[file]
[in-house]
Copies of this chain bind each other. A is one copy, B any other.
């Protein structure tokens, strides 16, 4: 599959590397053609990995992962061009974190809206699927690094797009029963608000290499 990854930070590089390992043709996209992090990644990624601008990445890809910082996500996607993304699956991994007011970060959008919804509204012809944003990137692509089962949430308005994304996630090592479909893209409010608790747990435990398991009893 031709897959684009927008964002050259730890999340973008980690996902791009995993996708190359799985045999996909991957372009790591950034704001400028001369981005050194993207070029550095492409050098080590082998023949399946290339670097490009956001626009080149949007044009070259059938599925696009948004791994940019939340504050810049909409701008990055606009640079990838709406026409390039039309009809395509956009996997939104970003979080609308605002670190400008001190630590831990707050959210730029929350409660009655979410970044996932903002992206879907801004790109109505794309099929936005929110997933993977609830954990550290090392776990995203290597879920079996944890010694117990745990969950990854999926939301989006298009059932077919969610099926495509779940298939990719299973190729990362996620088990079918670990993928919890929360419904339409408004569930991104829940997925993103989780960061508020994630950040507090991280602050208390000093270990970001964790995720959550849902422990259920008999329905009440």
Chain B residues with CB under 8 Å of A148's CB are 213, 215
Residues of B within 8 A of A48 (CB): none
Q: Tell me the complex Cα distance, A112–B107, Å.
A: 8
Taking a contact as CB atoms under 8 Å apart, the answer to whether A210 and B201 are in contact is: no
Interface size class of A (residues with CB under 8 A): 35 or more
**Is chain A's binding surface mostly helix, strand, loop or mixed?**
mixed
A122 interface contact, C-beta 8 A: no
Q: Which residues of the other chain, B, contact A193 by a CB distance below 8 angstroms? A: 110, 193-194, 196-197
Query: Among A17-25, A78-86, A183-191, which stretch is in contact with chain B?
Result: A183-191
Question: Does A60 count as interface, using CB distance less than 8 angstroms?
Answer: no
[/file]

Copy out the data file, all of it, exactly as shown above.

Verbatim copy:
[in-house]
Copies of this chain bind each other. A is one copy, B any other.
């Protein structure tokens, strides 16, 4: 599959590397053609990995992962061009974190809206699927690094797009029963608000290499 990854930070590089390992043709996209992090990644990624601008990445890809910082996500996607993304699956991994007011970060959008919804509204012809944003990137692509089962949430308005994304996630090592479909893209409010608790747990435990398991009893 031709897959684009927008964002050259730890999340973008980690996902791009995993996708190359799985045999996909991957372009790591950034704001400028001369981005050194993207070029550095492409050098080590082998023949399946290339670097490009956001626009080149949007044009070259059938599925696009948004791994940019939340504050810049909409701008990055606009640079990838709406026409390039039309009809395509956009996997939104970003979080609308605002670190400008001190630590831990707050959210730029929350409660009655979410970044996932903002992206879907801004790109109505794309099929936005929110997933993977609830954990550290090392776990995203290597879920079996944890010694117990745990969950990854999926939301989006298009059932077919969610099926495509779940298939990719299973190729990362996620088990079918670990993928919890929360419904339409408004569930991104829940997925993103989780960061508020994630950040507090991280602050208390000093270990970001964790995720959550849902422990259920008999329905009440």
Chain B residues with CB under 8 Å of A148's CB are 213, 215
Residues of B within 8 A of A48 (CB): none
Q: Tell me the complex Cα distance, A112–B107, Å.
A: 8
Taking a contact as CB atoms under 8 Å apart, the answer to whether A210 and B201 are in contact is: no
Interface size class of A (residues with CB under 8 A): 35 or more
**Is chain A's binding surface mostly helix, strand, loop or mixed?**
mixed
A122 interface contact, C-beta 8 A: no
Q: Which residues of the other chain, B, contact A193 by a CB distance below 8 angstroms? A: 110, 193-194, 196-197
Query: Among A17-25, A78-86, A183-191, which stretch is in contact with chain B?
Result: A183-191
Question: Does A60 count as interface, using CB distance less than 8 angstroms?
Answer: no